Police spike under fire
Springfield Mayor Mike Houston last week appointed the city’s budget director to fill a lapsed seat on the city’s Police Pension Board that has defied a state order to calculate pensions at a lower rate than has been the board’s practice.
The appointment of budget director Bill McCarty came one day after Ward 7 Ald. Joe McMenamin called on Houston to fill the seat held by former alderman Tom Selinger, whose term had expired. McMenamin also said that the pension board should be following state directions.
“I will not stand for money being spent unwisely out of this treasury,” McMenamin said during a press conference last week. “That’s what’s happened.”
The pension board has defied a 2012 order from the state Department of Insurance to calculate pensions based on the actual annual salaries of officers rather than on 5 percent increases officers receive for just two weeks a year. The so-called pay spike is paid for one week after birthdays and dates of hire, and officers often retire during those spike periods to increase pension benefits that inflate by an average of $65,000 over the lifetime of each retiree, thanks to the pension formula used by the board and ruled improper by the state.
“We need a member (on the pension board) who says, ‘Yes, we should follow the rule of the Department of Insurance,” McMenamin said. “It’s the law. It’s as simple as that: Just follow the law. This language (in the law) is unmistakable and specific.”
Ron Stone, attorney for the Police Benevolent and Protective Association, the union that represents officers, says he doesn’t believe the state’s order was well-founded.
“Apparently, the pension board did not, either,” Stone said.
The board sued the Department of Insurance last year after a hearing officer sided with department staff and determined that the city wasn’t properly calculating pensions. But the board took no action after filing a complaint and so the lawsuit was dismissed for lack of action in August. The Department of Insurance then threatened the board with enforcement action from the attorney general. Sangamon County Circuit Court Judge John Schmidt has since reinstated the lawsuit, with a hearing set for Dec. 10.
James Moody, the board’s lawyer, wouldn’t discuss why the board didn’t follow up for more than a year after suing the state, nor would he discuss other aspects of the case.
“I can’t really discuss our legal strategies with regard to the case,” Moody said. “I think the pleading sets forth our argument that the (state’s) order is ambiguous.”
Regardless of what happens in court, the pay spike is set to disappear in February under terms of a police collective bargaining agreement approved last year.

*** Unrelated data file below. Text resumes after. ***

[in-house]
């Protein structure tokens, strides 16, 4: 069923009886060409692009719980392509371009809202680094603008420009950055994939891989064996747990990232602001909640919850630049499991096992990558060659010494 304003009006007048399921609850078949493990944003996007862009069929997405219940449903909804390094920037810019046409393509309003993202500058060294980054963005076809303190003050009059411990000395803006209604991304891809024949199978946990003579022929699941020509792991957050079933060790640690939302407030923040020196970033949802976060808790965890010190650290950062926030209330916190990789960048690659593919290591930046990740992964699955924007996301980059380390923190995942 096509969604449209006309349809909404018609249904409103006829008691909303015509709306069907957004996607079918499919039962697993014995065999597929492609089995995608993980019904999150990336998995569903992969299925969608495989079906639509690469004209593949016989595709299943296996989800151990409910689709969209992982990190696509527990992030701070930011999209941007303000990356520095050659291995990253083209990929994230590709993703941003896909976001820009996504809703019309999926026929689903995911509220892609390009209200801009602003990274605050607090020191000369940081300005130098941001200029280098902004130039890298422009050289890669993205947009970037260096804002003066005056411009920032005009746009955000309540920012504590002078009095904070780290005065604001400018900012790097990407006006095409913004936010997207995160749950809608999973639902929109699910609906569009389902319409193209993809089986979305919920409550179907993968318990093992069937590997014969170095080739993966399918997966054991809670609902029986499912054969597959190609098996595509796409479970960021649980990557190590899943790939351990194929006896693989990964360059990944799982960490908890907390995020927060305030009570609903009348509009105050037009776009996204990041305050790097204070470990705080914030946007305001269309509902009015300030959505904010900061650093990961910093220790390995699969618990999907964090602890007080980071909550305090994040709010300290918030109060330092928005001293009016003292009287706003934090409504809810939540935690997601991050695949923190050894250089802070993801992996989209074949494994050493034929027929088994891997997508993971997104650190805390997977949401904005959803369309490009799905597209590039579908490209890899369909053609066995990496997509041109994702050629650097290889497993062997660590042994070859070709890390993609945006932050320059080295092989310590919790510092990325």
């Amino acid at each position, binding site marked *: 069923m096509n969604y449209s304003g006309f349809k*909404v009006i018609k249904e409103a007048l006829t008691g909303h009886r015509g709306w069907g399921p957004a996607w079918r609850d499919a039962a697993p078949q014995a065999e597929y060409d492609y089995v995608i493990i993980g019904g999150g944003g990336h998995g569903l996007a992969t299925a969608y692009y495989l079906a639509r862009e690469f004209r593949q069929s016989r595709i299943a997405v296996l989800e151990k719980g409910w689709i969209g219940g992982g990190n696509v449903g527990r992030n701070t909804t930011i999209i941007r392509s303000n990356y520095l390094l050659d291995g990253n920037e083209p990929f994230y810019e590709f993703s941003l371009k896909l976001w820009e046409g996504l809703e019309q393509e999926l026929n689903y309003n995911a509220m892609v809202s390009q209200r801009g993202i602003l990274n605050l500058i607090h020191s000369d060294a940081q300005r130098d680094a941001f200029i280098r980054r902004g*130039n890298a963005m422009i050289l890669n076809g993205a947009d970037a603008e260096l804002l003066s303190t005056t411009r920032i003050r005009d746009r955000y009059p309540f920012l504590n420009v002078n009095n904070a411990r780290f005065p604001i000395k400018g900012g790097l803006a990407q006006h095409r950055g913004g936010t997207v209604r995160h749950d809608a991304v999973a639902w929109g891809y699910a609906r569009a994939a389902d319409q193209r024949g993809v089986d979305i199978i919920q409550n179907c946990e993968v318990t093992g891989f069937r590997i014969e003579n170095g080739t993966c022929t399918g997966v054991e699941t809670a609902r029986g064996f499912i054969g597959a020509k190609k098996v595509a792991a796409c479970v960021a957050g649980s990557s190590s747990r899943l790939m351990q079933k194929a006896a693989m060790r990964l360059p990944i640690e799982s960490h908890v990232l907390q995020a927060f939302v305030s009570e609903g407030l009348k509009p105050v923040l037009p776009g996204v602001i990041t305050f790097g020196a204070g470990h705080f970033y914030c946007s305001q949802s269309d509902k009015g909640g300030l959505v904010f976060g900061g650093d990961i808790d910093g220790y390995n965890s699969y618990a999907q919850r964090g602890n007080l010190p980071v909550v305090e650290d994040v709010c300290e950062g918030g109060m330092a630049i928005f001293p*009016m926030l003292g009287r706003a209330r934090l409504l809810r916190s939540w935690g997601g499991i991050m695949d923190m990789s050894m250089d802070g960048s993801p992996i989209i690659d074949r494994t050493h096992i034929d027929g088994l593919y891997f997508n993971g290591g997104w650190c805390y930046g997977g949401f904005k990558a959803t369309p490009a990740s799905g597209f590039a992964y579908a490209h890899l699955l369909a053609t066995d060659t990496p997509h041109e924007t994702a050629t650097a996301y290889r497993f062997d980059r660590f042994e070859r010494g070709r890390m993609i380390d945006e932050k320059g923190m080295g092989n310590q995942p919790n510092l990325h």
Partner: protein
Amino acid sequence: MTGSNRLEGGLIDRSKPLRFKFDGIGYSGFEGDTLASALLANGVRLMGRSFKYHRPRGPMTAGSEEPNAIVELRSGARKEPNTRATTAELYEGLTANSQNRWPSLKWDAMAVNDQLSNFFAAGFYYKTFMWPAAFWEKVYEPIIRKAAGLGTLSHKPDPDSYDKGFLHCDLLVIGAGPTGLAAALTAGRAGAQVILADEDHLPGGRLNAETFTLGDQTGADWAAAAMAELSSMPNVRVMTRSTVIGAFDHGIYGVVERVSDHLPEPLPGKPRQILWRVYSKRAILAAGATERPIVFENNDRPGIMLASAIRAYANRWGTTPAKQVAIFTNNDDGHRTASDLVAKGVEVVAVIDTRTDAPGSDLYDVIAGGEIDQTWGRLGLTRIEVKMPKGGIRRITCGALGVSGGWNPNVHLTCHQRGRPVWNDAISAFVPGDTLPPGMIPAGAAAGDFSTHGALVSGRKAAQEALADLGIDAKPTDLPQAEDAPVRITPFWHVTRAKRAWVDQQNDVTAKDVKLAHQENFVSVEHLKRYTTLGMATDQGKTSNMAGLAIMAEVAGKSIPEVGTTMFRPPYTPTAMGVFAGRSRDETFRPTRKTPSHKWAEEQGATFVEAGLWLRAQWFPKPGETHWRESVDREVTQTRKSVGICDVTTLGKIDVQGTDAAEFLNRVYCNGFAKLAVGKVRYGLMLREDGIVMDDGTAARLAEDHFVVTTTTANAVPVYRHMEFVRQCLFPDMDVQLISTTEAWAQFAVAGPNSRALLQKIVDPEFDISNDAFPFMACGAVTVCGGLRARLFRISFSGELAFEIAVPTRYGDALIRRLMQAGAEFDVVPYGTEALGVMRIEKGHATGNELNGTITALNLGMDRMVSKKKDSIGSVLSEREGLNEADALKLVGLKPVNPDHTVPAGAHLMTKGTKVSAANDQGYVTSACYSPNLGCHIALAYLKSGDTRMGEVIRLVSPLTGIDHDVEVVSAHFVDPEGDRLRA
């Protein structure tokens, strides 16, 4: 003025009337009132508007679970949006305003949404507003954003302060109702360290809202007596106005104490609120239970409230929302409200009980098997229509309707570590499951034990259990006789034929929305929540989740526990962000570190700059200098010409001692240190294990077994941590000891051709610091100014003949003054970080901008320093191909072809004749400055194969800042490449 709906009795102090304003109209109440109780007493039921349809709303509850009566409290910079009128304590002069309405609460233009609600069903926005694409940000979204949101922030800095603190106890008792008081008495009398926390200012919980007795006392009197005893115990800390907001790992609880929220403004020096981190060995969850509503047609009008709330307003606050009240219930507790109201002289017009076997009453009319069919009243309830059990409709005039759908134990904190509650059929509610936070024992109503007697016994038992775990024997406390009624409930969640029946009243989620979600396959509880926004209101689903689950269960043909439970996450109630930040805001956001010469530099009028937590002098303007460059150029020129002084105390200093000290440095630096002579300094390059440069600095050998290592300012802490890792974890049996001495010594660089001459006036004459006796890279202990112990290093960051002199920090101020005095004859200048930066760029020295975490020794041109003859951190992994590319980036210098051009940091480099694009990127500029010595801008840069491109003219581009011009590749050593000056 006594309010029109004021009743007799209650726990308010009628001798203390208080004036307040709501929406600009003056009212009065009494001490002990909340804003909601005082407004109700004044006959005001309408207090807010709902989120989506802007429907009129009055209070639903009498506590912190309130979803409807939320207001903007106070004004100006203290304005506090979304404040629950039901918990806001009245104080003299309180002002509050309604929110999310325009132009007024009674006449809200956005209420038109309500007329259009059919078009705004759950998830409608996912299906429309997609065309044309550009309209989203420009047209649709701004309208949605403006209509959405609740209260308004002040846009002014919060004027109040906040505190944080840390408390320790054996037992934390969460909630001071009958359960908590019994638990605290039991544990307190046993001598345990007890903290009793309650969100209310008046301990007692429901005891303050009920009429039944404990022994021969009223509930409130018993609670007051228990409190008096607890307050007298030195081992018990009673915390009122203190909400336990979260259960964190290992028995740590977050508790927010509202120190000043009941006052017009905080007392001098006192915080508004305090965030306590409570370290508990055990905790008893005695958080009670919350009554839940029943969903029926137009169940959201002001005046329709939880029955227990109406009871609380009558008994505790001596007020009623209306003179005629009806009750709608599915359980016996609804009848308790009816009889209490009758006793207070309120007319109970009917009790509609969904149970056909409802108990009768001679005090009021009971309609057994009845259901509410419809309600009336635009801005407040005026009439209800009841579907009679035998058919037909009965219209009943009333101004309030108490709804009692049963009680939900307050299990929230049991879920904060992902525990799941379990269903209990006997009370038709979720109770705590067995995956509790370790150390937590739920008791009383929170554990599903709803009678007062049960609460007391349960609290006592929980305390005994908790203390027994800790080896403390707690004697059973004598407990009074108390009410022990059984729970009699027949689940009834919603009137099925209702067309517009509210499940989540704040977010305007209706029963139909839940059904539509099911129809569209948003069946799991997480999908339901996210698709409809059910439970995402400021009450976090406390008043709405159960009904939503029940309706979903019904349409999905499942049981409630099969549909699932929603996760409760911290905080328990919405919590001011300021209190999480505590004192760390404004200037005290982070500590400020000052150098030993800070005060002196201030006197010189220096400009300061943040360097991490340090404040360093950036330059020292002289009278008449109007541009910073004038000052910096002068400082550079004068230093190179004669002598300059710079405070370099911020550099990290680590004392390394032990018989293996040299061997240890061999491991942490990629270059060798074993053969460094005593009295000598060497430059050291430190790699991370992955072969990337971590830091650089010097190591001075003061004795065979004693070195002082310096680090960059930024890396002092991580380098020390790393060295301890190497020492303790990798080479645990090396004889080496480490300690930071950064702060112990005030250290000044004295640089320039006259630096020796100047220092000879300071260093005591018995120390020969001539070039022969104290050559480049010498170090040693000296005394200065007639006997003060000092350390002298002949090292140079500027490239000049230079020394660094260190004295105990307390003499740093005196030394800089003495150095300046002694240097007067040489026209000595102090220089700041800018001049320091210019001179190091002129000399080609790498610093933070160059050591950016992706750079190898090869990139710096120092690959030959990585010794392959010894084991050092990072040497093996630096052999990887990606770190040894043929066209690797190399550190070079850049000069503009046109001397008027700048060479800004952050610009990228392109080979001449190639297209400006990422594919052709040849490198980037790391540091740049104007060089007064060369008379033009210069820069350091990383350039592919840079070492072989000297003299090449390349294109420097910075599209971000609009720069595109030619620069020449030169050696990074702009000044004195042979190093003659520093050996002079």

James McNamee, president of the Illinois Public Pension Association that represents the interests of police and firefighters pension funds, said that his association is watching the court fight and backing the board. Pay spikes, he says, aren’t uncommon in Illinois municipalities because they encourage veteran cops with high salaries to retire early, which saves money for cities and villages that replace veterans with lower-paid rookies who are less prone to file disability claims. Long hours sitting in a patrol car takes a toll on backs, he says, and cops have a high rate of diabetes from eating fast food.
Critics of pay spikes, McNamee says, are grandstanding.
“It’s politics, really – it’s all politics,” he said.
Joe McCoy, legislative director for the Illinois Municipal League, said he’s not aware of any other city that has defied the Department of Insurance. The league, he says, supports the state.
The issue has come up at least once before in Illinois courts.
In 2010, the First District Appellate Court upheld a Cook County judge who decided that a retired police chief for the Village of Westchester could not receive pension benefits based on a raise he received less than three months before his retirement date. He had asked for the raise when notifying the village that he was going to retire.
The key, according to the appellate court, is whether money for a raise given shortly before retirement is included in an appropriations ordinance. Otherwise, the court found, added pay can’t be used when calculating pensions.
Houston said that he believes that the pension fund should be reimbursed by recent retirees who have received added benefits based on spikes ruled improper by the state. Repayment should come from eleven former police officers who retired since February of last year, when the state ordered the pension board to stop using spikes to calculate pensions. The overpayments total $16,500, the mayor said.
Contact Bruce Rushton at email@example.com.